The morning of the race, I was mellow. For those of you who don’t know me, there is NOTHING mellow about me. I work in college admissions, teach Spinning at the crack of dawn and talk faster than the normal Bostonian. After saying goodbye to the L St bus, I walked up to the start line, joined my coral and then we were off. From step one, I was in a trance. I was the definition of runner’s high. No offense to Ashland, Framingham or Natick, but I don’t remember them! In fact, it was so relaxing and every mile seemed to go so easy. I thought of something positive each mile, rather than focusing on the road ahead. Mile one was definitely for my husband, and throughout the race, I thought of each of you who gave me encouragement throughout the training season. All of a sudden, I was at the half way point and the Newton Hills loomed. I faced a problem I had never experienced before- I was “afraid of the bonk” and slowed down because I could not figure out why I felt so good! I did not have my own personal Sherpas- Leann and Maureen- near me to pace off of! Could I finish this final part by myself?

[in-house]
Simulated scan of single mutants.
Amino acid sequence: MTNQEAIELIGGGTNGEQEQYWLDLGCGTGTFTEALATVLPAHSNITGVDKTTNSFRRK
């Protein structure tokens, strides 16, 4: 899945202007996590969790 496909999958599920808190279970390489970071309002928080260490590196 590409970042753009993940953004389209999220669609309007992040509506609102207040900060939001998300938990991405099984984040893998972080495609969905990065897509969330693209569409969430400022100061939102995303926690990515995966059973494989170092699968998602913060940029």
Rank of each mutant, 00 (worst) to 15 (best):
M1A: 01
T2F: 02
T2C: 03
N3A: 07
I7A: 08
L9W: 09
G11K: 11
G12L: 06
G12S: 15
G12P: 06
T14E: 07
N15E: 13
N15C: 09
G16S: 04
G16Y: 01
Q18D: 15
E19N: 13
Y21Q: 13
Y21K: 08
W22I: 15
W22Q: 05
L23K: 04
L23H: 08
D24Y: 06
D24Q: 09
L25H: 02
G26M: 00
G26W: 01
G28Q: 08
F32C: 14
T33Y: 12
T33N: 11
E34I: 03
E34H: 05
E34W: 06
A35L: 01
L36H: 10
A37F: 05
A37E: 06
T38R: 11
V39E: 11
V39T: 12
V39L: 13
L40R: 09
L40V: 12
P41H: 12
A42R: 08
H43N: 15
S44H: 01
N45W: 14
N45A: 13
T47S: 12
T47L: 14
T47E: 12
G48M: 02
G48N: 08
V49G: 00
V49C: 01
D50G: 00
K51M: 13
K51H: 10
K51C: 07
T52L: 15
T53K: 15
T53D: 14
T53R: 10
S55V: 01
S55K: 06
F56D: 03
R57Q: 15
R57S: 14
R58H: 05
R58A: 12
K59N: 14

I made it, over the hills, past my alma mater and into Brookline. Kenmore Square appeared, and I was into Boston, onto Hereford, and running into the wind down Boylston. I crossed the line, making the simple sign of the cross. I made it thanking the heavens. Not just for the ability to run, but I also gave my respects for such a positive experience. Don’t get me wrong- I trained hard, showing up on Sunday mornings and running on the treadmill during lunch when birthday cakes were served. (I am a sucker for frosting!) But, I think that my renewed attitude toward running helped me to remember that I will never be Kara Goucher, but I can be thankful for the fact that I am healthy, surrounded by a wonderful support crew and that my husband’s birthday (April 20th) was not ruined by a grumpy wife who had a bad day!
Boston 09 will go down for my records, not just because I was happy with my time. I rediscovered my identity as a runner this training season. I tested my mettle. Most importantly, I experienced how allowing myself to be part of the network of support that we all offer each other produces energy that cannot be described. We may all have a bad race now and then, but we can utilize the great tribe of runners as we round the bend
My 2009 Boston Marathon
By Maureen Lamie
Thought I would share my marathon story, there are so many out there. What or who motivates us to run. I have had two, what I consider very successful marathons, last years Boston and Baystate in the fall. So of course Boston 2009 was on the schedule.